**tradeoff between speed and accuracy**, depending on the final application. - last network: pruned using a slightly different “structured pruning” method that gives faster networks but with a significant drop in F1.

**Additional remarks**

- The parameter reduction of the BERT-large networks are actually higher compared to the original network: 40% smaller than BERT-base means actually 77% smaller than BERT-large. We kept here the comparison with BERT-base numbers as it’s what matters on a practical point of view.
- The “theoretical speedup” is a speedup of linear layers (actual number of flops), something that seems to be equivalent to the measured speedup in some papers. The speedup here is measured on a 3090 RTX, using the HuggingFace transformers library, using Pytorch cuda timing features, and so is 100% in line with real-world speedup.

### Example “Hybrid filled” Network

Here are some visualizations of the pruned network #7. It is using the “Hybrid filled” method:

- Hybrid : prune using blocks for attention and rows/columns for the two large FFNs.
- Filled : remove empty heads and empty rows/columns of the FFNs, then re-finetune the previous network, letting the zeros in non-empty attention heads evolve and so regain some accuracy while keeping the same network speed.

You can see that the results linear layers are all actually “dense” (hover on the graph to visualize them).

You can see here the pruned heads for each layer:

### Comparison with state of the art

If we plot the F1 of the full set of pruned networks against the speedup, we can see that we outperform fine-tuned TinyBERT and Distilbert by some margin. MobileBert seems significantly better, even with the “no OPT” version presented here, which does not contain the LayerNorm optimization used in the much faster version of MobileBERT. An interesting future work will be to add those optimizations to the pruning tools.

Even in terms of saved size, we get smaller networks for the same accuracy (except for MobileBERT, which is better on size too):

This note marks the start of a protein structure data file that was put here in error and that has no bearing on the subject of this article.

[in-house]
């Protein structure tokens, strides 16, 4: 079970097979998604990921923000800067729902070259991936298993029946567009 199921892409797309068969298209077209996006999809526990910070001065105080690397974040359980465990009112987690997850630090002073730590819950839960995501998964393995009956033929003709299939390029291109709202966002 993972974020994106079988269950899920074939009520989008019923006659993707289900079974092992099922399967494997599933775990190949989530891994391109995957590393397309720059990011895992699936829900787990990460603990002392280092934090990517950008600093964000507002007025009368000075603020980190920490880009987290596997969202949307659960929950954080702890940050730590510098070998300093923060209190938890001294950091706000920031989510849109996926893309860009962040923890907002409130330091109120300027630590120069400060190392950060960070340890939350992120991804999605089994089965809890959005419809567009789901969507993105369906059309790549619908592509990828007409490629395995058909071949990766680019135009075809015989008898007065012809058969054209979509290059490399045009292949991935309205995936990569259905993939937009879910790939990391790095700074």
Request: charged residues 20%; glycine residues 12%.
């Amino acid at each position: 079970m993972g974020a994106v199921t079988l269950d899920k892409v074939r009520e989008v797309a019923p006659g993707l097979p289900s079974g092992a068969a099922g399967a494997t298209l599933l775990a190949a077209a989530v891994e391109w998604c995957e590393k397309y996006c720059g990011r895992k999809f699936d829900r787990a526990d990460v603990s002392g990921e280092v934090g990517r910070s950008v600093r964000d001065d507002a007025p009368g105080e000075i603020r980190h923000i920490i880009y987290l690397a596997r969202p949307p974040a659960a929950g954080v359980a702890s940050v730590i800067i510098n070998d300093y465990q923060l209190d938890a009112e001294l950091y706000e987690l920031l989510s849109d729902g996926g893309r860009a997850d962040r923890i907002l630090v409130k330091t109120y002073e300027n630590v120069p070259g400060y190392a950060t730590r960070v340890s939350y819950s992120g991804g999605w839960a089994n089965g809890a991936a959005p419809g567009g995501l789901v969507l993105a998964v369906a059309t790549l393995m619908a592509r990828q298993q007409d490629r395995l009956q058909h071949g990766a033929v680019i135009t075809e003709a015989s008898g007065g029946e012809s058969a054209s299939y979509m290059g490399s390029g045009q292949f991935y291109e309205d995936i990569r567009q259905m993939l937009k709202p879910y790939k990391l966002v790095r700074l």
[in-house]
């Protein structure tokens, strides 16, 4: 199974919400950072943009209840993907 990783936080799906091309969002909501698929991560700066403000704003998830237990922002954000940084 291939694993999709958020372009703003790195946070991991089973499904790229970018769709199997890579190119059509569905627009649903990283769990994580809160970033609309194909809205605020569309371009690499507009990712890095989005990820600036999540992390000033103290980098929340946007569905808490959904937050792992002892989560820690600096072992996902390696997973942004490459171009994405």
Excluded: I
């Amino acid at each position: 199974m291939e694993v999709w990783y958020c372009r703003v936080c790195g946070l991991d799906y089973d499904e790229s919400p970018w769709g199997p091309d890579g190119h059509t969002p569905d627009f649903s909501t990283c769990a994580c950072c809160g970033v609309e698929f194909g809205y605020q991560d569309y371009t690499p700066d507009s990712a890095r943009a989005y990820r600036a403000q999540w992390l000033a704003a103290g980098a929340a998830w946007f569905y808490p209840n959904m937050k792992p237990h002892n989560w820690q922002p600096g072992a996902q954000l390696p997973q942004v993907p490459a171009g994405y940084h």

### GLUE/MNLI

The experiments were done on BERT-base. Significant speedups were obtained, even if the results are a bit behind compared to the SQuAD results. Here is a selection of networks, with the same rules as for the SQuAd table:

Model | Type | method | Params | Accuracy | Accuracy diff | Speedup |
---|---|---|---|---|---|---|

#1 |
base |
- |
+0% |
84.6 |
+0.00 |
1.00x |

#2 | base | hybrid-filled | -65% | 83.71 | -0.89 | 2.00x |

#3 | base | hybrid-filled | -74% | 83.05 | -1.55 | 2.40x |

#4 | base | hybrid-filled | -81% | 82.69 | -1.91 | 2.86x |

#5 | base | hybrid-filled | -87% | 81.03 | -3.57 | 3.44x |

### Comparison with state of the art

(This is WIP : Some more runs are needed to check the performance versus MobileBERT and TinyBert at same level of speed. Some better hyperparameters may help too.)

From the following graphs, we see that the speed is a bit lower compared to TinyBERT, and roughly in line with MobileBERT. In terms of sparsity, the precision is a bit lower than MobileBERT and TinyBERT. On both metrics it’s better than DistilBERT by some significant margin.

## Related work

pytorch_block_sparse is a CUDA Implementation of block sparse kernels for linear layer forward and backward propagation. It’s not needed to run the models pruned by the nn_pruning tools, as it’s not fast enough yet to be competitive with dense linear layers: just pruning heads is faster, even if those heads still contain some inner sparsity.